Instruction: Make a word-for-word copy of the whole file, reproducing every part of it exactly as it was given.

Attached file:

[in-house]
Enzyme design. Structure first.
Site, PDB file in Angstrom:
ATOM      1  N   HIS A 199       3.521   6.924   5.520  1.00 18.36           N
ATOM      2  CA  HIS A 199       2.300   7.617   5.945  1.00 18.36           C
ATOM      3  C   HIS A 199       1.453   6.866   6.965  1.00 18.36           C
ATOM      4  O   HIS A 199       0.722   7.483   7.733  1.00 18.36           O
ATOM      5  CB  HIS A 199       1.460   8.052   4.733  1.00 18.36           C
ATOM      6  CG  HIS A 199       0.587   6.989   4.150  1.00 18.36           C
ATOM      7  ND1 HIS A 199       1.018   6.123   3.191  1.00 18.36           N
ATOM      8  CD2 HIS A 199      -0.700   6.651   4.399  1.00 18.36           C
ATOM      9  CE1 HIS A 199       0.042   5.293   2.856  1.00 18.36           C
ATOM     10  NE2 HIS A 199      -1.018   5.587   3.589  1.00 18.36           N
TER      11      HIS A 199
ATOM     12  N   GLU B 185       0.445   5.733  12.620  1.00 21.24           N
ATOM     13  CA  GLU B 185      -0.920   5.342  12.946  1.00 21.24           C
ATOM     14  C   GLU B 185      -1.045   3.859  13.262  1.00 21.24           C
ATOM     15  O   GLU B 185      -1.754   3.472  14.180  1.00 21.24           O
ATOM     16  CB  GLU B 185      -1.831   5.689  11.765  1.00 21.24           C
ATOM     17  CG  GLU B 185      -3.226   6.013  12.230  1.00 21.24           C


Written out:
[in-house]
Enzyme design. Structure first.
Site, PDB file in Angstrom:
ATOM      1  N   HIS A 199       3.521   6.924   5.520  1.00 18.36           N
ATOM      2  CA  HIS A 199       2.300   7.617   5.945  1.00 18.36           C
ATOM      3  C   HIS A 199       1.453   6.866   6.965  1.00 18.36           C
ATOM      4  O   HIS A 199       0.722   7.483   7.733  1.00 18.36           O
ATOM      5  CB  HIS A 199       1.460   8.052   4.733  1.00 18.36           C
ATOM      6  CG  HIS A 199       0.587   6.989   4.150  1.00 18.36           C
ATOM      7  ND1 HIS A 199       1.018   6.123   3.191  1.00 18.36           N
ATOM      8  CD2 HIS A 199      -0.700   6.651   4.399  1.00 18.36           C
ATOM      9  CE1 HIS A 199       0.042   5.293   2.856  1.00 18.36           C
ATOM     10  NE2 HIS A 199      -1.018   5.587   3.589  1.00 18.36           N
TER      11      HIS A 199
ATOM     12  N   GLU B 185       0.445   5.733  12.620  1.00 21.24           N
ATOM     13  CA  GLU B 185      -0.920   5.342  12.946  1.00 21.24           C
ATOM     14  C   GLU B 185      -1.045   3.859  13.262  1.00 21.24           C
ATOM     15  O   GLU B 185      -1.754   3.472  14.180  1.00 21.24           O
ATOM     16  CB  GLU B 185      -1.831   5.689  11.765  1.00 21.24           C
ATOM     17  CG  GLU B 185      -3.226   6.013  12.230  1.00 21.24           C